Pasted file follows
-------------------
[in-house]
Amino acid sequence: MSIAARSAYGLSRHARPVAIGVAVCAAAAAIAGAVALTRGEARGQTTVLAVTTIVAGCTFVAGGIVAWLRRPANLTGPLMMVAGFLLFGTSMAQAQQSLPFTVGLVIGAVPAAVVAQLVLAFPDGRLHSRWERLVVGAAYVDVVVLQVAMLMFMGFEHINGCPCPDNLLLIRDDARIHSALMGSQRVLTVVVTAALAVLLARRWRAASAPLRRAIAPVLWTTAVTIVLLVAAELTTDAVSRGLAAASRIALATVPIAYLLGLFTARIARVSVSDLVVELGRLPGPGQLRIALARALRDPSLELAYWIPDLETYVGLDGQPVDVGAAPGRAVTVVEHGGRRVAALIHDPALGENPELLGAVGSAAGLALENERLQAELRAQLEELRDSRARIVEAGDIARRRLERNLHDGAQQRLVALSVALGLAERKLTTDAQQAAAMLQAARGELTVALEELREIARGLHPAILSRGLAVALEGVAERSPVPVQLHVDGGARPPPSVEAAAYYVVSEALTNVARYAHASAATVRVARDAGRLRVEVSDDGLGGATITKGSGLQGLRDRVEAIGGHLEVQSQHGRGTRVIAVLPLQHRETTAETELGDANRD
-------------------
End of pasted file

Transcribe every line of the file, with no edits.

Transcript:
[in-house]
Amino acid sequence: MSIAARSAYGLSRHARPVAIGVAVCAAAAAIAGAVALTRGEARGQTTVLAVTTIVAGCTFVAGGIVAWLRRPANLTGPLMMVAGFLLFGTSMAQAQQSLPFTVGLVIGAVPAAVVAQLVLAFPDGRLHSRWERLVVGAAYVDVVVLQVAMLMFMGFEHINGCPCPDNLLLIRDDARIHSALMGSQRVLTVVVTAALAVLLARRWRAASAPLRRAIAPVLWTTAVTIVLLVAAELTTDAVSRGLAAASRIALATVPIAYLLGLFTARIARVSVSDLVVELGRLPGPGQLRIALARALRDPSLELAYWIPDLETYVGLDGQPVDVGAAPGRAVTVVEHGGRRVAALIHDPALGENPELLGAVGSAAGLALENERLQAELRAQLEELRDSRARIVEAGDIARRRLERNLHDGAQQRLVALSVALGLAERKLTTDAQQAAAMLQAARGELTVALEELREIARGLHPAILSRGLAVALEGVAERSPVPVQLHVDGGARPPPSVEAAAYYVVSEALTNVARYAHASAATVRVARDAGRLRVEVSDDGLGGATITKGSGLQGLRDRVEAIGGHLEVQSQHGRGTRVIAVLPLQHRETTAETELGDANRD